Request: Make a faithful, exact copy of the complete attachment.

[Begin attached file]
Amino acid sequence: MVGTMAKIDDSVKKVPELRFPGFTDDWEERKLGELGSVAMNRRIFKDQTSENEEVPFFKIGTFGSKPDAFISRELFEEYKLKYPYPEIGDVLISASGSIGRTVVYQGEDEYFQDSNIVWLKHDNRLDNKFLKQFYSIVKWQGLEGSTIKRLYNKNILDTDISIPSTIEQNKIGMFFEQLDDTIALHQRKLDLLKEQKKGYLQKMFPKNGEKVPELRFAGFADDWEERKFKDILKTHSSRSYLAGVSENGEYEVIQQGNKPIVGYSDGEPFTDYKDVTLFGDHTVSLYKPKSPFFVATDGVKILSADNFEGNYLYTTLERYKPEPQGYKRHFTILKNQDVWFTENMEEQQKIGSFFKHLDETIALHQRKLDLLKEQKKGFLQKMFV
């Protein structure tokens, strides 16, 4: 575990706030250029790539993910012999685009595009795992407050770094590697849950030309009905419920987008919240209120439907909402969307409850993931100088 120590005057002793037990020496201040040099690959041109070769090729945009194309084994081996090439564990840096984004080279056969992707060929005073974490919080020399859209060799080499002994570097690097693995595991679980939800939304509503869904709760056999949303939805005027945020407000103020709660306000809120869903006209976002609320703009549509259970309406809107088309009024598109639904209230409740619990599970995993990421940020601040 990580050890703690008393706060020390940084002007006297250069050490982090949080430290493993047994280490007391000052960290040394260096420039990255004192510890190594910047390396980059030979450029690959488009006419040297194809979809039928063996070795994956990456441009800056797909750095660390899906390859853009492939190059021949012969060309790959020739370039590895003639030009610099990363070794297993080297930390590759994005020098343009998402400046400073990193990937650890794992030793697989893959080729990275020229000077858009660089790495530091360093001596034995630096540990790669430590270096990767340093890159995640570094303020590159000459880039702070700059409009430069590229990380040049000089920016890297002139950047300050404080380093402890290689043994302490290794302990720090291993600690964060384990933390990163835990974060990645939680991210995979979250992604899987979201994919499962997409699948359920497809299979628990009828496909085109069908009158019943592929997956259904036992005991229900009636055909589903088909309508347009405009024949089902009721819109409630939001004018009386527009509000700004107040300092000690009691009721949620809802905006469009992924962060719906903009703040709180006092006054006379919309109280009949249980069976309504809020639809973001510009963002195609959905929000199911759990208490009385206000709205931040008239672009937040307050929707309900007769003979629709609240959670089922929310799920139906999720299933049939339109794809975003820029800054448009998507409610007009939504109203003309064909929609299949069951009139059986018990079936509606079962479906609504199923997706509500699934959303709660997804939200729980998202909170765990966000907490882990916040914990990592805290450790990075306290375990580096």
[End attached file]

Amino acid sequence: MVGTMAKIDDSVKKVPELRFPGFTDDWEERKLGELGSVAMNRRIFKDQTSENEEVPFFKIGTFGSKPDAFISRELFEEYKLKYPYPEIGDVLISASGSIGRTVVYQGEDEYFQDSNIVWLKHDNRLDNKFLKQFYSIVKWQGLEGSTIKRLYNKNILDTDISIPSTIEQNKIGMFFEQLDDTIALHQRKLDLLKEQKKGYLQKMFPKNGEKVPELRFAGFADDWEERKFKDILKTHSSRSYLAGVSENGEYEVIQQGNKPIVGYSDGEPFTDYKDVTLFGDHTVSLYKPKSPFFVATDGVKILSADNFEGNYLYTTLERYKPEPQGYKRHFTILKNQDVWFTENMEEQQKIGSFFKHLDETIALHQRKLDLLKEQKKGFLQKMFV
């Protein structure tokens, strides 16, 4: 575990706030250029790539993910012999685009595009795992407050770094590697849950030309009905419920987008919240209120439907909402969307409850993931100088 120590005057002793037990020496201040040099690959041109070769090729945009194309084994081996090439564990840096984004080279056969992707060929005073974490919080020399859209060799080499002994570097690097693995595991679980939800939304509503869904709760056999949303939805005027945020407000103020709660306000809120869903006209976002609320703009549509259970309406809107088309009024598109639904209230409740619990599970995993990421940020601040 990580050890703690008393706060020390940084002007006297250069050490982090949080430290493993047994280490007391000052960290040394260096420039990255004192510890190594910047390396980059030979450029690959488009006419040297194809979809039928063996070795994956990456441009800056797909750095660390899906390859853009492939190059021949012969060309790959020739370039590895003639030009610099990363070794297993080297930390590759994005020098343009998402400046400073990193990937650890794992030793697989893959080729990275020229000077858009660089790495530091360093001596034995630096540990790669430590270096990767340093890159995640570094303020590159000459880039702070700059409009430069590229990380040049000089920016890297002139950047300050404080380093402890290689043994302490290794302990720090291993600690964060384990933390990163835990974060990645939680991210995979979250992604899987979201994919499962997409699948359920497809299979628990009828496909085109069908009158019943592929997956259904036992005991229900009636055909589903088909309508347009405009024949089902009721819109409630939001004018009386527009509000700004107040300092000690009691009721949620809802905006469009992924962060719906903009703040709180006092006054006379919309109280009949249980069976309504809020639809973001510009963002195609959905929000199911759990208490009385206000709205931040008239672009937040307050929707309900007769003979629709609240959670089922929310799920139906999720299933049939339109794809975003820029800054448009998507409610007009939504109203003309064909929609299949069951009139059986018990079936509606079962479906609504199923997706509500699934959303709660997804939200729980998202909170765990966000907490882990916040914990990592805290450790990075306290375990580096």